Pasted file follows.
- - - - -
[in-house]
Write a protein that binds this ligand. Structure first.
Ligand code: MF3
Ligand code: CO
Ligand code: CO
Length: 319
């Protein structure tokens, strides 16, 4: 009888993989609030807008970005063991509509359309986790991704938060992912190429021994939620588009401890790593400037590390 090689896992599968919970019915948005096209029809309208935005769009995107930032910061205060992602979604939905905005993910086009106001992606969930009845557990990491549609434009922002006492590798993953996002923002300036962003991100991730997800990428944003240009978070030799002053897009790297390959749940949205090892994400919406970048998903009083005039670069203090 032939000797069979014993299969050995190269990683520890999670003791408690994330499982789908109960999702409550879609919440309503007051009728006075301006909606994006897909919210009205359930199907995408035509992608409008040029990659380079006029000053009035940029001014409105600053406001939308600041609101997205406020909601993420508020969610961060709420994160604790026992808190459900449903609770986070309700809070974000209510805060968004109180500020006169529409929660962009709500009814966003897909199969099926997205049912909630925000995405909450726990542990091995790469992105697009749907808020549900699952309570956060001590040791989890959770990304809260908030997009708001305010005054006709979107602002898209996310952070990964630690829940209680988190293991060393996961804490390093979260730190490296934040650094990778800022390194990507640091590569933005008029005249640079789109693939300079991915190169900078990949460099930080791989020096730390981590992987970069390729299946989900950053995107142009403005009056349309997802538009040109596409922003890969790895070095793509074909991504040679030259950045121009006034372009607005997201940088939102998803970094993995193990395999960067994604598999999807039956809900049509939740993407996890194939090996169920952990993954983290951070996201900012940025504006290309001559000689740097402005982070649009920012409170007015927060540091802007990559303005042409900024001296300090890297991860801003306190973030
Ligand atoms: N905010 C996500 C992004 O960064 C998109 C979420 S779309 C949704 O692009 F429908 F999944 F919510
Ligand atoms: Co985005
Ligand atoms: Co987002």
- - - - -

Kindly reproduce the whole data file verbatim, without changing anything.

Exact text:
[in-house]
Write a protein that binds this ligand. Structure first.
Ligand code: MF3
Ligand code: CO
Ligand code: CO
Length: 319
């Protein structure tokens, strides 16, 4: 009888993989609030807008970005063991509509359309986790991704938060992912190429021994939620588009401890790593400037590390 090689896992599968919970019915948005096209029809309208935005769009995107930032910061205060992602979604939905905005993910086009106001992606969930009845557990990491549609434009922002006492590798993953996002923002300036962003991100991730997800990428944003240009978070030799002053897009790297390959749940949205090892994400919406970048998903009083005039670069203090 032939000797069979014993299969050995190269990683520890999670003791408690994330499982789908109960999702409550879609919440309503007051009728006075301006909606994006897909919210009205359930199907995408035509992608409008040029990659380079006029000053009035940029001014409105600053406001939308600041609101997205406020909601993420508020969610961060709420994160604790026992808190459900449903609770986070309700809070974000209510805060968004109180500020006169529409929660962009709500009814966003897909199969099926997205049912909630925000995405909450726990542990091995790469992105697009749907808020549900699952309570956060001590040791989890959770990304809260908030997009708001305010005054006709979107602002898209996310952070990964630690829940209680988190293991060393996961804490390093979260730190490296934040650094990778800022390194990507640091590569933005008029005249640079789109693939300079991915190169900078990949460099930080791989020096730390981590992987970069390729299946989900950053995107142009403005009056349309997802538009040109596409922003890969790895070095793509074909991504040679030259950045121009006034372009607005997201940088939102998803970094993995193990395999960067994604598999999807039956809900049509939740993407996890194939090996169920952990993954983290951070996201900012940025504006290309001559000689740097402005982070649009920012409170007015927060540091802007990559303005042409900024001296300090890297991860801003306190973030
Ligand atoms: N905010 C996500 C992004 O960064 C998109 C979420 S779309 C949704 O692009 F429908 F999944 F919510
Ligand atoms: Co985005
Ligand atoms: Co987002």